Canola crushers in Western Canada are having a tougher time bringing in feedstock supplies from farmers, and will likely be forced to operate with tighter profit margins going forward, according to market participants.
A sell-off in the CBOT (Chicago Board of Trade) soybean complex, together with uncertainty in the Prairie crop, has caused canola prices to lag soybeans to the downside and the crush margins to deteriorate, said a Winnipeg broker.
Taken on their own, the declining canola prices over the past month should be supportive for crush margins, given the cheaper feedstock costs.
However, product values have fallen by an even larger extent while the Canadian dollar has risen well above parity with its U.S. counterpart.
As a result, a western Canadian canola processor may be paying $30 less for a tonne of canola than the processor did a month ago, but it is also making $25 less at the other end.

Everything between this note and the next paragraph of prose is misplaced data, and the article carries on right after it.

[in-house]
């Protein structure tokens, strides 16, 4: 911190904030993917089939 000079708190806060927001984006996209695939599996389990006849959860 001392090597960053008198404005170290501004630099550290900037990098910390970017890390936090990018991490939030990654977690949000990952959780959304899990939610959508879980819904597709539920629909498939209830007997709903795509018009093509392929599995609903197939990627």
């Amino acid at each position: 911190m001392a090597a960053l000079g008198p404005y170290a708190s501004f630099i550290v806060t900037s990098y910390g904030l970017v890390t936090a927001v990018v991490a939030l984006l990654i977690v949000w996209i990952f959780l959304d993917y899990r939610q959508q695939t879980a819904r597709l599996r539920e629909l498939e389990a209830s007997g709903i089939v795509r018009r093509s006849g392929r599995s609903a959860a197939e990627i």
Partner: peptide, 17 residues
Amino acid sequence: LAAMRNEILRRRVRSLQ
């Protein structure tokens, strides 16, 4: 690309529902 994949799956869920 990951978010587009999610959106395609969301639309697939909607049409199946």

According to ICE Futures Canada data, nearby margins currently sit at about $90 per tonne above the November futures, which compares with $116 per tonne the previous month and highs of $130 above the futures earlier in the summer.
"Their margins aren’t as good as they were a month ago, but they are still reasonably good," said a broker.
With mounting worries over yield losses in Western Canada, he said the crushers sense their margins will likely get squeezed even more. With tighter supplies likely, he said it may also be hard for the crushers to pry canola out of producers’ hands this winter.
Those factors point to a further reduction in crush margins going forward, if the processors can expect to keep operating at their record pace, traders added.
— Phil Franz-Warkentin writes for Commodity News Service Canada, a Winnipeg company specializing in grain and commodity market reporting.